Online Event 2021
A Gathering of Men presents
The Gifts I Have to Give to the World
Everyone comes into this world endowed with a unique genius, a special gift for the world. This gift is hidden from us. Our call is to discover this gift and be our authentic self.
Our social and familial conditioning forms our ego (false self). Ego says that we must get along in the world, we must be right, we must win. The shadow of the ego tells us we’re the worst and the lowest and totally unworthy.
The authentic self is not encouraged and our gifts become more and more hidden.
Meditation – The Gift
A Fiddler’s Yearning
By Eugene Marckx
Alan’s Uncle Hurley died in Scully’s barn. Scully had been feeding Hurley and wanted the old man to stay in the house by the fire, but Hurley disliked the quarrels at Scully’s table. He preferred to wrap up and sleep with the milk cows and chickens. No one in the valley made a fuss when Hurley died. He’d been loved for his fiddling, but he hadn’t played in many a season. He blamed his shaky fingers for this, and his last playing had been a slow frail farewell.
But Alan, an orphan boy who worked on the Scully farm, had heard Uncle Hurley play in better days and remembered the music. In the dispersal of his things, Hurley’s fiddle was given to Alan, who was a good bit closer to manhood now. With limber fingers Alan took it up, and by next summer he played well enough for all to remember old Hurley. The next year, with Alan’s fast new fiddling, folks couldn’t help but dance. They were dancing beyond themselves, dancing right through the night. The next day they were no good for anything.
This wouldn’t do. Like old Hurley, Alan worked from farm to farm, dependent on whoever hired him. In bad weather he played in ale halls for pennies. Now the aldermen allowed him to play only on summer solstice and winter solstice, just two times a year. Wherever he stayed, he played alone. Alan grew desperate for land of his own. Working for others, his fingers got sore. His fine playing one day would fall off. He’d have nothing in his old age. And what girl would throw in with a man like that? None in the valley, no matter how sweet his fiddling.
A hunter with his dog passing through told Alan of a goat trail. “It’s a treacherous passage through the mountains to a high valley,” the hunter said. “After harvest those people hold a fiddling contest. Ten gold ducats for a prize, quite a cache against starving.”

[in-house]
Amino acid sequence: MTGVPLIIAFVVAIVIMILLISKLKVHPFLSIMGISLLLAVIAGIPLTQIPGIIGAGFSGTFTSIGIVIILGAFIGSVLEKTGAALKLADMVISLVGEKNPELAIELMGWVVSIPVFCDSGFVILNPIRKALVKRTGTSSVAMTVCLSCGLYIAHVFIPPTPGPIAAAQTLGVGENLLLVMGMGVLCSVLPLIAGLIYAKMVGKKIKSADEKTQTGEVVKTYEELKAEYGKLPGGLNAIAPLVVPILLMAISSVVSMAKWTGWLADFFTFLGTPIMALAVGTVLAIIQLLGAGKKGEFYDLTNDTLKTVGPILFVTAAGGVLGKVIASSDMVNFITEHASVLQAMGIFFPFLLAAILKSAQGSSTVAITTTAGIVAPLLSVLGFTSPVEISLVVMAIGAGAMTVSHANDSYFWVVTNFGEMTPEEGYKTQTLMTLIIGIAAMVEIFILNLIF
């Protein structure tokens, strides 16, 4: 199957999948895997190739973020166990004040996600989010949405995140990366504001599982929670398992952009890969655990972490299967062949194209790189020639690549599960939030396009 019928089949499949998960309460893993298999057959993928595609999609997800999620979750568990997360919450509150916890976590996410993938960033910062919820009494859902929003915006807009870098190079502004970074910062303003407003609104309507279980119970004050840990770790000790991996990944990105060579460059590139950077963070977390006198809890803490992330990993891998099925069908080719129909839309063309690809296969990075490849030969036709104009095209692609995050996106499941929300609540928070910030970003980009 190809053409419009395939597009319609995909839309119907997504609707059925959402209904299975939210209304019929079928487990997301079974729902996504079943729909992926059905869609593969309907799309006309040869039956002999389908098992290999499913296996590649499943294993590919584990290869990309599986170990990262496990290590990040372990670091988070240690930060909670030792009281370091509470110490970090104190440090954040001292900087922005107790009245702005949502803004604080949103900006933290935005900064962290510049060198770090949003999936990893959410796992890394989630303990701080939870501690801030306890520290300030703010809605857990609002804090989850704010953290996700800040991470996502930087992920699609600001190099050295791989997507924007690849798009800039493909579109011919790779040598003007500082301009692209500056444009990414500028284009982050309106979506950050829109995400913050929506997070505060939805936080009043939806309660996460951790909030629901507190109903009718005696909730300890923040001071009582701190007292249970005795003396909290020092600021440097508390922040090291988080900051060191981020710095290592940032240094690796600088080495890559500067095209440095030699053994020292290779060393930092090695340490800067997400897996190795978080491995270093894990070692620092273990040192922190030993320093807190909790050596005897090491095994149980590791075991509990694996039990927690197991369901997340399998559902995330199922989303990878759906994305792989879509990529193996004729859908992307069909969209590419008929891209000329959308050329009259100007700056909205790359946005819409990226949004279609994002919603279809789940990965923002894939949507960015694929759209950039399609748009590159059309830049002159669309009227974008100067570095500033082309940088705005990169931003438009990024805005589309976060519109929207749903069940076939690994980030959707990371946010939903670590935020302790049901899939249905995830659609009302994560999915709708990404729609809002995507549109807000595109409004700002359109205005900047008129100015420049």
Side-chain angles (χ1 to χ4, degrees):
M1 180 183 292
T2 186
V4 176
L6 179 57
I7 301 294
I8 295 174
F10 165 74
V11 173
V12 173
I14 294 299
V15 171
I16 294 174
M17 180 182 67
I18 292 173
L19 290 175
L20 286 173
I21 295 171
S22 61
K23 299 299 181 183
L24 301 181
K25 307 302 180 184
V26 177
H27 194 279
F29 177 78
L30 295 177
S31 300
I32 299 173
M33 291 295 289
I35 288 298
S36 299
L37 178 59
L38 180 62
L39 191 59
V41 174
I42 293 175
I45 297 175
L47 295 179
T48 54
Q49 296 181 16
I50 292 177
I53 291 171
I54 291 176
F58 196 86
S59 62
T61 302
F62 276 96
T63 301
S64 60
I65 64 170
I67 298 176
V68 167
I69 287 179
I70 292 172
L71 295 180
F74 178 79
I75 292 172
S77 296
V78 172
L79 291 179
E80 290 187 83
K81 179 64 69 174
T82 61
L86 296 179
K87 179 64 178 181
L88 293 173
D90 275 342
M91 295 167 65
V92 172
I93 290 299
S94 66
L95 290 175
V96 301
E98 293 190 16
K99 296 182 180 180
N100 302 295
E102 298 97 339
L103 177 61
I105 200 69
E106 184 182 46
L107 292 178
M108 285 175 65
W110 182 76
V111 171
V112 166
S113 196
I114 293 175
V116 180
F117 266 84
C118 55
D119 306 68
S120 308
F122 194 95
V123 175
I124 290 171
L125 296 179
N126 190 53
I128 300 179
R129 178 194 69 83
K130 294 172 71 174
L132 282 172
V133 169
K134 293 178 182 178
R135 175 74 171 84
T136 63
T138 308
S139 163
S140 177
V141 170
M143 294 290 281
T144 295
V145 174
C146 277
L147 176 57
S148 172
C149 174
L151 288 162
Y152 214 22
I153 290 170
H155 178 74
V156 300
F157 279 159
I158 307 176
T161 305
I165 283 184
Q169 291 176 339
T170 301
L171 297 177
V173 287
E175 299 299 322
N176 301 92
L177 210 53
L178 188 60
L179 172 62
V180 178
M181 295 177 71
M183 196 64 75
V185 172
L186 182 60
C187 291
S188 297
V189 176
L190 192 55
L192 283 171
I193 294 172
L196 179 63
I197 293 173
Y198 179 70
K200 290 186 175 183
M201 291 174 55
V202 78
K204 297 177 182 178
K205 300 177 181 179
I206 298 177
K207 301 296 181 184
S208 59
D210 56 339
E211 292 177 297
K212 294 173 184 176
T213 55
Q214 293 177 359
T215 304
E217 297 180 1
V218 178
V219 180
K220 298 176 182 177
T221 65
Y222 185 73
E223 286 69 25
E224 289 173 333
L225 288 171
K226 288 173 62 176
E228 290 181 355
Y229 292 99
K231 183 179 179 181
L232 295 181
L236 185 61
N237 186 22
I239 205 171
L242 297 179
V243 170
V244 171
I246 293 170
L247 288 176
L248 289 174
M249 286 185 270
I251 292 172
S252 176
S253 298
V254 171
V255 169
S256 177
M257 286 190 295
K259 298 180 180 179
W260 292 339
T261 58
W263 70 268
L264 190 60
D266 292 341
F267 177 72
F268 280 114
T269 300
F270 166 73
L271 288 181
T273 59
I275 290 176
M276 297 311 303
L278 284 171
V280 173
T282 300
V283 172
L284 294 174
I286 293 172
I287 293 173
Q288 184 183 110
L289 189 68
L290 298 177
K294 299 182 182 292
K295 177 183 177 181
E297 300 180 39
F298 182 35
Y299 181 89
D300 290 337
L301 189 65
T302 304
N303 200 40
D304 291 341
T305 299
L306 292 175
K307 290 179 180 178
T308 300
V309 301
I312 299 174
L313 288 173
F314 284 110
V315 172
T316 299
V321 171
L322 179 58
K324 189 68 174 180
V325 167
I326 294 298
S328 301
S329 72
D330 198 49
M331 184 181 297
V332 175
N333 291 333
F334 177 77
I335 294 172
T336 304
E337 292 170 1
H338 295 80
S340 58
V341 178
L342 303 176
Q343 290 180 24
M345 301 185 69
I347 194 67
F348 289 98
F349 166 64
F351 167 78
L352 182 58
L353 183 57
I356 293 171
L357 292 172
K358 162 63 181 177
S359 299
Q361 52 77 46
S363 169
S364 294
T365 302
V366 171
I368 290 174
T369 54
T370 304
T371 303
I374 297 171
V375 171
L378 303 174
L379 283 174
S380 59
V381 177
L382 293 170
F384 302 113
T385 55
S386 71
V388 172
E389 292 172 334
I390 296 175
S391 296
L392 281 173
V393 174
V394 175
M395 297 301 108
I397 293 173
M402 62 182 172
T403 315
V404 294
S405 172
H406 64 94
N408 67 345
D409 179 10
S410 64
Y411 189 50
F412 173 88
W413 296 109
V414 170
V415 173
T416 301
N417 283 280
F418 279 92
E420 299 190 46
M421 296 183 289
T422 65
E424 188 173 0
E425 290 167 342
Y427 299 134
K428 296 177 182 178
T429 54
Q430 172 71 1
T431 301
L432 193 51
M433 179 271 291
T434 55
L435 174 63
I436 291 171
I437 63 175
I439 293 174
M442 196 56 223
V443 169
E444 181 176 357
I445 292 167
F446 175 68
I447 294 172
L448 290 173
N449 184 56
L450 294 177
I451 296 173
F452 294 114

Alan took a risk and told Scully he was leaving to climb those heights. The farmer cursed him. “You’ll not get work anywhere in the valley!”
In the foothills Alan found the goat trail, what there was of it. He marked stones in the trail with white chalk. At night he made a fire against the chill and played tune upon tune, some of these coming to his fingers all on their own. Water and berries were his only food. The sun was too distant above the mountains for warmth, and the moon looked like a hen’s egg among the stars.
After three days and nights, the goat trail led down to a valley of fat cattle, big horses, and sheep, half-naked from the shearing. Alan was welcome at the farms. He helped bring in hay and spuds. With the harvest put away, the farmers gathered for a feast and a fiddle contest under a golden harvest moon.
A farmer’s daughter heard Alan play in a barn to the chickens at night. She danced to his tunes. But she was promised, she told him, to a young squire. Alan saw love in her eyes, painful love. Promised or not, she loved him, and he loved her.
Next day everyone came with food and jokes and lore to pass around, laughing and shaking their heads over the lore and the jokes while stuffing their mouths. This went on until a full moon rose above the peaks of that high range. And in this golden light the contest began. A dozen fiddlers made a circle, and one by one played their best. The people clapped and hooted pleasure.
After a couple of rounds one fiddler or another, with nothing better to play, sat out. They were winnowed down to a few, then three, then two, Alan and an older fiddler. By now the people were dancing. The older man got them leaping fast. Now Alan had his turn. The people flew to his tune. Their feet skipped over the grass. The older fiddler took a turn. Everyone began weaving in circles, laughing as others clapped. With Alan’s turn, his fingers found a new tune. The dancers leaped and twirled, faster, in figures fresh and thrilling. At this the older fiddler shook his head and gave over. The bag of gold ducats went to Alan.
With more feasting and drinking, Alan passed the girl. She sat with her betrothed squire, who was drinking wine, telling a joke, and telling it badly. Before he came to the end, she slipped out and followed Alan into the night. No one saw them. With much bruised pride the squire led a search party toward the mountains. In the moonlight a chill fog descended and confused them. They returned without a clue.
With white chalk marking the stones, Alan followed the trail under the moon until fog came. He asked, “What’s your name, Miss?”
“It’s Thea.” The two huddled in the moss, warm in each other’s arms. Over the next days, Alan traced the goat trail over the pass to his home. With apologies to Scully, he asked to buy a certain plot of land beside a salmon stream. One gold ducat changed Scully’s tune.
“Yes, Sir, Mister Alan, and shall we have a wedding this Saturday?”
Many good wishes came to Alan and Thea. In later seasons their children grew up to dance after the day’s work. Folks came to the fiddle music, and at long last Alan found ways to construct a few new fiddles to pass around, with more grand times in the valley. One of those fiddles may yet be played by one of Alan’s descendants. To this day none in that valley that ever need to sleep in a barn, playing for cows and chickens. All are safe and warm by the fire.